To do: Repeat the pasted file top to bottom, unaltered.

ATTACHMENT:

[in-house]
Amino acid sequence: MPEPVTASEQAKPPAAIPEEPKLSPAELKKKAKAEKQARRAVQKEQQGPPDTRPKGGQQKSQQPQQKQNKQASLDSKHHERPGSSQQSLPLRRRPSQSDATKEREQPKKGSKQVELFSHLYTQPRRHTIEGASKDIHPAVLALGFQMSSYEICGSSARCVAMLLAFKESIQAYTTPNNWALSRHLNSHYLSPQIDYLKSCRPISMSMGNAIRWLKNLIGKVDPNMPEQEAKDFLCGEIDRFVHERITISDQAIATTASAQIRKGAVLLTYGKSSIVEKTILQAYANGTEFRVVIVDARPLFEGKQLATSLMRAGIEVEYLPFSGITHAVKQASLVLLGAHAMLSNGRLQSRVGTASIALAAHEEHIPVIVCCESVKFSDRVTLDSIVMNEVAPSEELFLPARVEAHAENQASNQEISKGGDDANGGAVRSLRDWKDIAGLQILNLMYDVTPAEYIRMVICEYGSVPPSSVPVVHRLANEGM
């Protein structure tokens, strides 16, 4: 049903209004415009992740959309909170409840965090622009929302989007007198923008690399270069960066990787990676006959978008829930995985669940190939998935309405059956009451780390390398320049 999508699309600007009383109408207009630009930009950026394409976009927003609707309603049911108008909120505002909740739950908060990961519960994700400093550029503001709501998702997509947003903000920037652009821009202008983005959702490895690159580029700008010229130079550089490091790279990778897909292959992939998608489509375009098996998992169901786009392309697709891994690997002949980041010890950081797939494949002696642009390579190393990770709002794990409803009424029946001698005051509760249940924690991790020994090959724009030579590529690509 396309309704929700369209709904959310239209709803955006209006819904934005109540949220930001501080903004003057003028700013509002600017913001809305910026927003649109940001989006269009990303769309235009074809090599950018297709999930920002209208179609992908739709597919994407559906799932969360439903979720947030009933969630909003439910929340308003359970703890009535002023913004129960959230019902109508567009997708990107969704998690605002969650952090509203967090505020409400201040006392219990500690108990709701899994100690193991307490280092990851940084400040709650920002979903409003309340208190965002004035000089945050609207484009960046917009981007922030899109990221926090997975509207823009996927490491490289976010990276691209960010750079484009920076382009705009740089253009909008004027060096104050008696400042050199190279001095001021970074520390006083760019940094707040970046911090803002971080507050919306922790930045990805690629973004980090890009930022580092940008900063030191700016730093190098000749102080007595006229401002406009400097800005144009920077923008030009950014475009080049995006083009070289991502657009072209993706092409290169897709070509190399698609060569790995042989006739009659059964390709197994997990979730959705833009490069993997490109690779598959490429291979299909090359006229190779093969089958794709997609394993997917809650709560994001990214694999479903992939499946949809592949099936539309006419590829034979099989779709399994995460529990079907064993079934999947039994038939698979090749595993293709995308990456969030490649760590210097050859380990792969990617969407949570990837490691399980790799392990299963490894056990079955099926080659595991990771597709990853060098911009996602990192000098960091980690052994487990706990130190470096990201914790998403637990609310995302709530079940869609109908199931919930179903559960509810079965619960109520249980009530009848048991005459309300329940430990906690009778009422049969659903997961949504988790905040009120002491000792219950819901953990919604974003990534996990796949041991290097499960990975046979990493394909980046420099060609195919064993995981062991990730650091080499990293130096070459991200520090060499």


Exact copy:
[in-house]
Amino acid sequence: MPEPVTASEQAKPPAAIPEEPKLSPAELKKKAKAEKQARRAVQKEQQGPPDTRPKGGQQKSQQPQQKQNKQASLDSKHHERPGSSQQSLPLRRRPSQSDATKEREQPKKGSKQVELFSHLYTQPRRHTIEGASKDIHPAVLALGFQMSSYEICGSSARCVAMLLAFKESIQAYTTPNNWALSRHLNSHYLSPQIDYLKSCRPISMSMGNAIRWLKNLIGKVDPNMPEQEAKDFLCGEIDRFVHERITISDQAIATTASAQIRKGAVLLTYGKSSIVEKTILQAYANGTEFRVVIVDARPLFEGKQLATSLMRAGIEVEYLPFSGITHAVKQASLVLLGAHAMLSNGRLQSRVGTASIALAAHEEHIPVIVCCESVKFSDRVTLDSIVMNEVAPSEELFLPARVEAHAENQASNQEISKGGDDANGGAVRSLRDWKDIAGLQILNLMYDVTPAEYIRMVICEYGSVPPSSVPVVHRLANEGM
């Protein structure tokens, strides 16, 4: 049903209004415009992740959309909170409840965090622009929302989007007198923008690399270069960066990787990676006959978008829930995985669940190939998935309405059956009451780390390398320049 999508699309600007009383109408207009630009930009950026394409976009927003609707309603049911108008909120505002909740739950908060990961519960994700400093550029503001709501998702997509947003903000920037652009821009202008983005959702490895690159580029700008010229130079550089490091790279990778897909292959992939998608489509375009098996998992169901786009392309697709891994690997002949980041010890950081797939494949002696642009390579190393990770709002794990409803009424029946001698005051509760249940924690991790020994090959724009030579590529690509 396309309704929700369209709904959310239209709803955006209006819904934005109540949220930001501080903004003057003028700013509002600017913001809305910026927003649109940001989006269009990303769309235009074809090599950018297709999930920002209208179609992908739709597919994407559906799932969360439903979720947030009933969630909003439910929340308003359970703890009535002023913004129960959230019902109508567009997708990107969704998690605002969650952090509203967090505020409400201040006392219990500690108990709701899994100690193991307490280092990851940084400040709650920002979903409003309340208190965002004035000089945050609207484009960046917009981007922030899109990221926090997975509207823009996927490491490289976010990276691209960010750079484009920076382009705009740089253009909008004027060096104050008696400042050199190279001095001021970074520390006083760019940094707040970046911090803002971080507050919306922790930045990805690629973004980090890009930022580092940008900063030191700016730093190098000749102080007595006229401002406009400097800005144009920077923008030009950014475009080049995006083009070289991502657009072209993706092409290169897709070509190399698609060569790995042989006739009659059964390709197994997990979730959705833009490069993997490109690779598959490429291979299909090359006229190779093969089958794709997609394993997917809650709560994001990214694999479903992939499946949809592949099936539309006419590829034979099989779709399994995460529990079907064993079934999947039994038939698979090749595993293709995308990456969030490649760590210097050859380990792969990617969407949570990837490691399980790799392990299963490894056990079955099926080659595991990771597709990853060098911009996602990192000098960091980690052994487990706990130190470096990201914790998403637990609310995302709530079940869609109908199931919930179903559960509810079965619960109520249980009530009848048991005459309300329940430990906690009778009422049969659903997961949504988790905040009120002491000792219950819901953990919604974003990534996990796949041991290097499960990975046979990493394909980046420099060609195919064993995981062991990730650091080499990293130096070459991200520090060499």